For academic purposes, you may have to develop research questions to carry out both large and small assignments. A smaller assignment may be to do research for a class discussion or to, say, write a blog post for a class; larger assignments may have you conduct research and then report it in a lab report, poster, term paper, or article.
For large projects, the research question (or questions) you develop will define or at least heavily influence:
- Your topic, in that research questions effectively narrow the topic you’ve first chosen or been assigned by your instructor.
- What, if any, hypotheses you test.
- Which information sources are relevant to your project.
- Which research methods are appropriate.
- What claims you can make or conclusions you can come to as a result of your research, including what thesis statement you should write for a term paper or what results section you should write about the data you collected in your own science or social science study.
Thesis Statements in Research Writing
Within an essay, poster, or term paper, the thesis is the researcher’s answer to the research question(s). So as you develop research questions, you are effectively specifying what any thesis in your project will be about. While perhaps many research questions could have come from your original topic, your question states exactly which one(s) your thesis will be answering.
For example, a topic that starts out as “desert symbiosis” could eventually lead to a research question that is “how does the diversity of bacteria in the gut of the Sonoran Desert termite contribute to the termite’s survival?” In turn, the researcher’s thesis will answer that particular research question instead of the numerous other questions that could have come from the desert symbiosis topic.
Developing research questions is all part of a process that leads to greater and greater specificity for your project.
Tip: Don’t Make These Mistakes
Sometimes students inexperienced at working with research questions confuse them with the search statements they will type into the search box of a search engine or database when looking for sources for their project. Or they confuse research questions with the thesis statement that they will write when they report their research. The next activity will help you sort things out.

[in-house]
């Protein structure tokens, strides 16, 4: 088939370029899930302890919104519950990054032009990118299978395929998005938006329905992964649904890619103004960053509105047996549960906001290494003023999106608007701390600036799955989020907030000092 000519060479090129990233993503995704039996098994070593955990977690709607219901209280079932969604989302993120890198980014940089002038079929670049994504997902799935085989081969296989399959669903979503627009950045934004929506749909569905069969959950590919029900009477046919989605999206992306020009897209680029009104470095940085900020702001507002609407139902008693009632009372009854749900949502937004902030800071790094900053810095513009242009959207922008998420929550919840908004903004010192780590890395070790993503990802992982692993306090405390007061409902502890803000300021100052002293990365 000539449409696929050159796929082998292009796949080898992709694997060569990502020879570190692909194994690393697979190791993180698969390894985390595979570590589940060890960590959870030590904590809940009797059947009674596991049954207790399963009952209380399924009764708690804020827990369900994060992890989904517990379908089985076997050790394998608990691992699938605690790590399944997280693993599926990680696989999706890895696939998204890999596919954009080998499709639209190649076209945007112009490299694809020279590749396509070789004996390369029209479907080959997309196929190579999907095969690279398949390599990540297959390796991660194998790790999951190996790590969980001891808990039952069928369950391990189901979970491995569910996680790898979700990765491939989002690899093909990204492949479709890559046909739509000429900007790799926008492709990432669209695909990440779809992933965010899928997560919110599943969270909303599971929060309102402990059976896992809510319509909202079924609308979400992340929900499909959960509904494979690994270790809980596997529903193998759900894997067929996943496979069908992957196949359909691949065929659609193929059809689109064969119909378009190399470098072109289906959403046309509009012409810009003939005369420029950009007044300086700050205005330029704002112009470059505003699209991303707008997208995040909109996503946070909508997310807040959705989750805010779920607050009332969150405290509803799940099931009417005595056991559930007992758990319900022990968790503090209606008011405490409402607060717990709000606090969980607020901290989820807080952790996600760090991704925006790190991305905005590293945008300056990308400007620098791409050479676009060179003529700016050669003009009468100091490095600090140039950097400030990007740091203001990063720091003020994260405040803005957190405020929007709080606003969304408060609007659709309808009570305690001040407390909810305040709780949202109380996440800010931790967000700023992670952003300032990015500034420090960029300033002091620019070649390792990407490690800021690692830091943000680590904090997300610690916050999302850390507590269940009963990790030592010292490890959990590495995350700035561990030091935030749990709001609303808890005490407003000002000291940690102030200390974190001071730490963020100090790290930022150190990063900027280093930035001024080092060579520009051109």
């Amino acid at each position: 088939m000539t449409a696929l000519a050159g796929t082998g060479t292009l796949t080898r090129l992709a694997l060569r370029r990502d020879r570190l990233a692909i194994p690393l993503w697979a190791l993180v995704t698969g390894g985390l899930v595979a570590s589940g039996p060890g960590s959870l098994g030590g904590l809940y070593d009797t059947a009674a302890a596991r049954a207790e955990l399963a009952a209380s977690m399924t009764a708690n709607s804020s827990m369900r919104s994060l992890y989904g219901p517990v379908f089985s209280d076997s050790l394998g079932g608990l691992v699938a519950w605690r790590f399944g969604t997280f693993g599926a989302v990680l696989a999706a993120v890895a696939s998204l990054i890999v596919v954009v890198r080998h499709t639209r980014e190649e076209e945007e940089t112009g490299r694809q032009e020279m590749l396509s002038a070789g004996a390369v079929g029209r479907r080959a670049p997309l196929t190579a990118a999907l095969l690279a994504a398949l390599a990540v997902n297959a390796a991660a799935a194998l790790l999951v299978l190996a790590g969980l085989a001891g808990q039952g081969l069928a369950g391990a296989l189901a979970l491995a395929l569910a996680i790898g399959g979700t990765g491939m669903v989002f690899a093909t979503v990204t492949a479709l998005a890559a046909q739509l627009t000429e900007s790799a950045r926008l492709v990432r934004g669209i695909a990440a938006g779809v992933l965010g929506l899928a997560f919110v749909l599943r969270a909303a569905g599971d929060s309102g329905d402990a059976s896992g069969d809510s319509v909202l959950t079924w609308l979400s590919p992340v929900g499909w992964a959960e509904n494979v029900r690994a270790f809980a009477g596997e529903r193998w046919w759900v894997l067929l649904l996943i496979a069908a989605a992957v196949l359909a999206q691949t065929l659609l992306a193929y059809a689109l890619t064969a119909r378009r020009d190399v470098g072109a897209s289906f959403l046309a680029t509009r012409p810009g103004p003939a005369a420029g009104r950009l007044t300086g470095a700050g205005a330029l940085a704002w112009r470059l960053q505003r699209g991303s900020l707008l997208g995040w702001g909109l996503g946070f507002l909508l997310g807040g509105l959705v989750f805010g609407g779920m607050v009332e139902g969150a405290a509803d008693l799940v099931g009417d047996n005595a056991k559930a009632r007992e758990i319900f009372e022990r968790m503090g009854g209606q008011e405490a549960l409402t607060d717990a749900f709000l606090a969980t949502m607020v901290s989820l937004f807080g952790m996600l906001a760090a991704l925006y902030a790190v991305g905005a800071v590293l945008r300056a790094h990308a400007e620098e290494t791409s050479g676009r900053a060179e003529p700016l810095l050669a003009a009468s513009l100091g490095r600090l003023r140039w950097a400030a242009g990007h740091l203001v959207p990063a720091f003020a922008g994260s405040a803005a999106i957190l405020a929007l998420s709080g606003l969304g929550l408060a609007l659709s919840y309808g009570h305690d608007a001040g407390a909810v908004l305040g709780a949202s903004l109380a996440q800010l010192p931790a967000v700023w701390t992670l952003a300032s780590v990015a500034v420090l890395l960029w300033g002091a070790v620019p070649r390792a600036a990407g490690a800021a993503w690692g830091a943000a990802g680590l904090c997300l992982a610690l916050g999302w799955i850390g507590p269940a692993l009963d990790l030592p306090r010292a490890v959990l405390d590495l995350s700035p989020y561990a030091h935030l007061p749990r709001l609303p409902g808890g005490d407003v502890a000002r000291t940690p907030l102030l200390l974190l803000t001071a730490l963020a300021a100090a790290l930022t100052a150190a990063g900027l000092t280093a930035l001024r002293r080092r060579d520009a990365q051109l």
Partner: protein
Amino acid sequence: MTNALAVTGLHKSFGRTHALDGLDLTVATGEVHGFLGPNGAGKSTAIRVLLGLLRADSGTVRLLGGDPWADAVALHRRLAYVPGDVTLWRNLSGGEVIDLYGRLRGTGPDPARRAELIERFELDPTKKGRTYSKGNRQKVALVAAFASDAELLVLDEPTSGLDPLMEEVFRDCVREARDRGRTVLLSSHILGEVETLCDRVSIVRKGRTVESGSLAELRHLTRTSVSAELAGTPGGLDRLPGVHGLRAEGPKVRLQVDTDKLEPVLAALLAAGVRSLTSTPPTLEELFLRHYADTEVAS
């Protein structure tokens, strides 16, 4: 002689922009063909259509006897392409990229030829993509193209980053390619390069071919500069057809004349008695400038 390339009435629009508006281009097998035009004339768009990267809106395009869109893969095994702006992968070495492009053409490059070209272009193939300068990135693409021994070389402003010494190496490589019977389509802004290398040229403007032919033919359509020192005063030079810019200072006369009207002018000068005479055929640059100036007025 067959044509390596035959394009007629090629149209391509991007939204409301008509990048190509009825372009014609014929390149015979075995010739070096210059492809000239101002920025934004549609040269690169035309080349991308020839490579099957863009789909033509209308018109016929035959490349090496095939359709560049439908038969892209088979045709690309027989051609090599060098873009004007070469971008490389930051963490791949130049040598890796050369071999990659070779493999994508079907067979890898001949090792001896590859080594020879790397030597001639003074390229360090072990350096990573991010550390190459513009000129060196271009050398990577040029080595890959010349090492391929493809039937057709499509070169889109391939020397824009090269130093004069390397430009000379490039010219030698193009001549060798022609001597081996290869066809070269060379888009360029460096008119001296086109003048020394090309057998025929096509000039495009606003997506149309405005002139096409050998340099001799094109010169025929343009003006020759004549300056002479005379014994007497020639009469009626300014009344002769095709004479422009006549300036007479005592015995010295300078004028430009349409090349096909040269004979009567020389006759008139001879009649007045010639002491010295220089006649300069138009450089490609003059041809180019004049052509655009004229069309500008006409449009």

Activity: From Topic to Thesis Statement
Influence on Hypothesis
If you’re doing a study that predicts how variables are related (common in the sciences and social sciences), you’ll have to write at least one hypothesis. The research questions you write will contain the variables that will later appear in your hypothesis(es).
Activity: Guess the Question
You can usually figure out what the researcher’s research questions were by reading the title and some of the report. Take a look at this student essay, “Does Texting Affect Writing?” by Michaela Cullington, and determine what the students’ research question was.
Influence on Resources
You can’t tell whether an information source is relevant to your research until you know exactly what you’re trying to find out. Since the research question defines a source’s usefulness, looking at the research question should help you to divide information sources into two groups: those that are relevant to your research and those that are not—all based on whether each source can help you find out what you want to find out and/or report the answer.
Influence on Research Methods
Not all academic research writing involves primary research. However, primary research can be a powerful way to gain insights and new information about your question. There are three types of research methods:
Qualitative research uses a naturalistic, person centered approach to understand people’s beliefs, experiences, attitudes, behavior, and interactions. This type of research does not generate numerical data.
Quantitative research focuses on numerical data to answer research questions. This data may be collected and analyzed in a variety of ways to find trends, suggest causal relationships, or make generalized predictions about large populations. Most scholars rely on software such as SPSS to analyze quantitative data.
Mixed method research incorporates elements of both qualitative and quantitative research.
Your research question(s) will help you figure out what research methods you should use because the questions reflect what your research is intended to do. For instance, if your research question relates to describing a group, survey methods may work well. But a survey can’t answer cause-and-effect questions. If your research question focuses more on individual experiences, interviews may be a better way to collect information.
Influence on Claims or Conclusions
The research questions you write will reflect whether your research is intended to describe a group or situation, to explain or predict outcomes, or to demonstrate a cause-and-effect relationship(s) among variables. It’s those intentions and how well you carry out the study, including whether you used methods appropriate to the intentions, that will determine what claims or conclusions you can make as a result of your research.
Activity: Quick Check
Answer to Activity: Guess the Question
The answer to the “Guess the Question” Activity above is: